March 18 (Bloomberg) -- Lamprell Plc, an oil-rig manufacturer, was fined 2.4 million pounds ($3.6 million) for not telling the market quickly enough about its faltering finances in early 2012.
Failures in Lamprell’s systems and controls caused it to omit negative information about its financial performance in statements to the market, the U.K. Financial Services Authority, which levied the fine, said in a statement today.
“Lamprell could not adequately monitor its financial performance against its budget and against market expectations and therefore failed in its obligations as a listed company to keep the market fully informed of its deteriorating financial position,” the regulator said.
When it made the situation clear to the market in May, Lamprell’s share price fell 57 percent, the FSA said.
The company’s controls were “seriously deficient for a listed company of its size and complexity,” said Tracey McDermott, the FSA’s head of enforcement.
The fine is the first under the FSA’s new penalty policy, based on a company’s market capitalization, which the regulator said will lead to “significantly higher penalties than in the past.” Lamprell fell 2.5 percent to 144 pence in London trading at 10:06 a.m.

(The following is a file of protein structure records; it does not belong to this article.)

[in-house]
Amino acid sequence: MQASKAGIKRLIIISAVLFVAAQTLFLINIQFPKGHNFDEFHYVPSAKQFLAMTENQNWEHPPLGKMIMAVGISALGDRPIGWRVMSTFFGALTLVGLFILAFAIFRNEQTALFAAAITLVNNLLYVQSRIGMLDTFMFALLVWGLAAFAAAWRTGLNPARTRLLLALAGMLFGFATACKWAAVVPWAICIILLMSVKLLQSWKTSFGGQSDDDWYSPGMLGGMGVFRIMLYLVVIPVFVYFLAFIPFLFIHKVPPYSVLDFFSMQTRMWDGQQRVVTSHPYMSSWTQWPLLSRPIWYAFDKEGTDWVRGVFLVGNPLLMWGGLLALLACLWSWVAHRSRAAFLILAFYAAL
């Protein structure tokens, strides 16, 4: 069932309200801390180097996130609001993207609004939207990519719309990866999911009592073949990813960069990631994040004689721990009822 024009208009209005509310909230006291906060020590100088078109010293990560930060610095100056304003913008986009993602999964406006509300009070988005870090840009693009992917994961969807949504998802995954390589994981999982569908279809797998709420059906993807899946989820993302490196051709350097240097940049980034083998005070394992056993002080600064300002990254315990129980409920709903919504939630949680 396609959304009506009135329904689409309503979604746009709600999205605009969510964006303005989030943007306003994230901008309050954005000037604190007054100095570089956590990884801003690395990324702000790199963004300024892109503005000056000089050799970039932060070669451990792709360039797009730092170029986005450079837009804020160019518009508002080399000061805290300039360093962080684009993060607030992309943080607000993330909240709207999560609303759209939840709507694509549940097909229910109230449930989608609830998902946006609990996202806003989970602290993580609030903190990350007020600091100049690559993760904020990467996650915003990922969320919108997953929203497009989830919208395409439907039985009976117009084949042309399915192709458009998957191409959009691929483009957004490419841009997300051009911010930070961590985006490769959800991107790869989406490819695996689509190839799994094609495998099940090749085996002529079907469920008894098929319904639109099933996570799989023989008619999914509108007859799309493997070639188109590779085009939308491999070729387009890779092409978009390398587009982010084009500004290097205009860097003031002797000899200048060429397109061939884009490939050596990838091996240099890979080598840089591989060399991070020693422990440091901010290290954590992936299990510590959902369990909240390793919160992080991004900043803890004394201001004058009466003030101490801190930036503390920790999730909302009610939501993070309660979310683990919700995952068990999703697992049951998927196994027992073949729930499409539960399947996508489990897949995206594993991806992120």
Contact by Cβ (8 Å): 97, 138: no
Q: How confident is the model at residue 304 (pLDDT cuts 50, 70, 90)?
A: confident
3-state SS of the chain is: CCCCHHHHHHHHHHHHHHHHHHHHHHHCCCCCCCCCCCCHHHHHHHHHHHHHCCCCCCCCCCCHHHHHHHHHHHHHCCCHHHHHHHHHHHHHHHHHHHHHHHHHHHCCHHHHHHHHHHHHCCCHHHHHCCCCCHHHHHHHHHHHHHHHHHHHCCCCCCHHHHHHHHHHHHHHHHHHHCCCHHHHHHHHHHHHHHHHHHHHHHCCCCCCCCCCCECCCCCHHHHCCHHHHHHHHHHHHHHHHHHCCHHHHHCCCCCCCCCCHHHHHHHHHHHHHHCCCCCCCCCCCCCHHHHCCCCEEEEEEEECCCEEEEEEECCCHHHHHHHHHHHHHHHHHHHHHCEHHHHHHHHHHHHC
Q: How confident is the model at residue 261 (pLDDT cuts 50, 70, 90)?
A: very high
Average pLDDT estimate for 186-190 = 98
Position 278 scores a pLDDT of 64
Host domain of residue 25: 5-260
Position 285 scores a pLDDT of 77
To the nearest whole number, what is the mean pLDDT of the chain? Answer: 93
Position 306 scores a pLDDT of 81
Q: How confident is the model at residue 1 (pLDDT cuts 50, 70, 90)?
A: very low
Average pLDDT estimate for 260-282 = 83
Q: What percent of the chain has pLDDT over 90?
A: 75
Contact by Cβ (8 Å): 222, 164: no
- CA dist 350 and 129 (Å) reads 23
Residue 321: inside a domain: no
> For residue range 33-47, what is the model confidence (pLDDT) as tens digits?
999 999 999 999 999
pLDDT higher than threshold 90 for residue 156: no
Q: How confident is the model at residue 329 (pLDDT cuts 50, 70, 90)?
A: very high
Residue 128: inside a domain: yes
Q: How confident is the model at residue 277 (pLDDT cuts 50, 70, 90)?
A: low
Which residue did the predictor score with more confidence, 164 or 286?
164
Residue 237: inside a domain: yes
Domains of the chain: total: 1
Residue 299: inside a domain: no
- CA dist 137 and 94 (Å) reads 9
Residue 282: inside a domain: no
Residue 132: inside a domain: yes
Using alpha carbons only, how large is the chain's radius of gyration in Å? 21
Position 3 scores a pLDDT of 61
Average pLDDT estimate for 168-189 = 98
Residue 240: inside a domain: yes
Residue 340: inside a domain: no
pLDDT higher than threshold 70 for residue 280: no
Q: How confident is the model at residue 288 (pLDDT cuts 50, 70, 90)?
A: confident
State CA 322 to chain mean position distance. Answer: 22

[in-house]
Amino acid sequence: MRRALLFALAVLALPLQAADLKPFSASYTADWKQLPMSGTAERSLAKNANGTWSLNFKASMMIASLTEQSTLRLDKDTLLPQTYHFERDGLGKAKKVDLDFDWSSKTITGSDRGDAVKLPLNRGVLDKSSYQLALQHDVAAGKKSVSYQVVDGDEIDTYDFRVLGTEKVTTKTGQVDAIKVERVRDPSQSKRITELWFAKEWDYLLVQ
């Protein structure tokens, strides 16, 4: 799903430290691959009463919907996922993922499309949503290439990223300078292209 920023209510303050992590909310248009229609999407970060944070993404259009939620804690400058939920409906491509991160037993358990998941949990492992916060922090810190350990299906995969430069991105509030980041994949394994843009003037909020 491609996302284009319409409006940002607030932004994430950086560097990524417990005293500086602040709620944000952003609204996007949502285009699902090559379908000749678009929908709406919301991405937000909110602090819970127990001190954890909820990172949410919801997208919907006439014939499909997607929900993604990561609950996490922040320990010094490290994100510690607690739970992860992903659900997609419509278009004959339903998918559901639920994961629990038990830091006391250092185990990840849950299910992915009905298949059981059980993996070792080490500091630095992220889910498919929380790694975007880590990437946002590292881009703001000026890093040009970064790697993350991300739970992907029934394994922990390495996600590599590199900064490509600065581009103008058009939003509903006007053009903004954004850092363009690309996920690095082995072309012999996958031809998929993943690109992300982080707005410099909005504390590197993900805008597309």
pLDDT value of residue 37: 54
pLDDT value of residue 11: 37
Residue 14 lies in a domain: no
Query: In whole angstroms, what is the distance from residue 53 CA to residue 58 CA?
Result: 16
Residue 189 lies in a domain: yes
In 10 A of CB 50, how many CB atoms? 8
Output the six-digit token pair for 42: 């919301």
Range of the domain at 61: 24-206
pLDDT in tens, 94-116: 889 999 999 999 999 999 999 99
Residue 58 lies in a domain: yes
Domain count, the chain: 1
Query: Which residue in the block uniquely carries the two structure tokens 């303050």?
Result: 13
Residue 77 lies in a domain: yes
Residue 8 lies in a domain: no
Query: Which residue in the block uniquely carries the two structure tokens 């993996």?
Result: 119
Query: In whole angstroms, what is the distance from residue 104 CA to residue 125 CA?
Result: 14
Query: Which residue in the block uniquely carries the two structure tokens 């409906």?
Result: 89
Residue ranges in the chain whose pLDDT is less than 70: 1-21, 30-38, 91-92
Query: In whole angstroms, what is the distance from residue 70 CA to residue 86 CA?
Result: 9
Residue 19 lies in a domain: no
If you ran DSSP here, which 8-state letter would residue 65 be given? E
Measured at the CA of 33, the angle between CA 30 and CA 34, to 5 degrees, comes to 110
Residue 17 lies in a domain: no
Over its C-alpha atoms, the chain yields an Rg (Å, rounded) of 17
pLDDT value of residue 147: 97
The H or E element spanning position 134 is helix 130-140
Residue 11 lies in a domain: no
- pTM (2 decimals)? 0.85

Lamprell received the regulator’s standard 30 percent discount for settling early. The company “provided significant and extensive cooperation” with the FSA and didn’t act deliberately or recklessly in its failings, the company said in a separate statement.
It agreed to settle “to avoid incurring significant additional expenses and expending the further time that would be required to pursue the matter,” said John Kennedy, Lamprell’s non-executive chairman.
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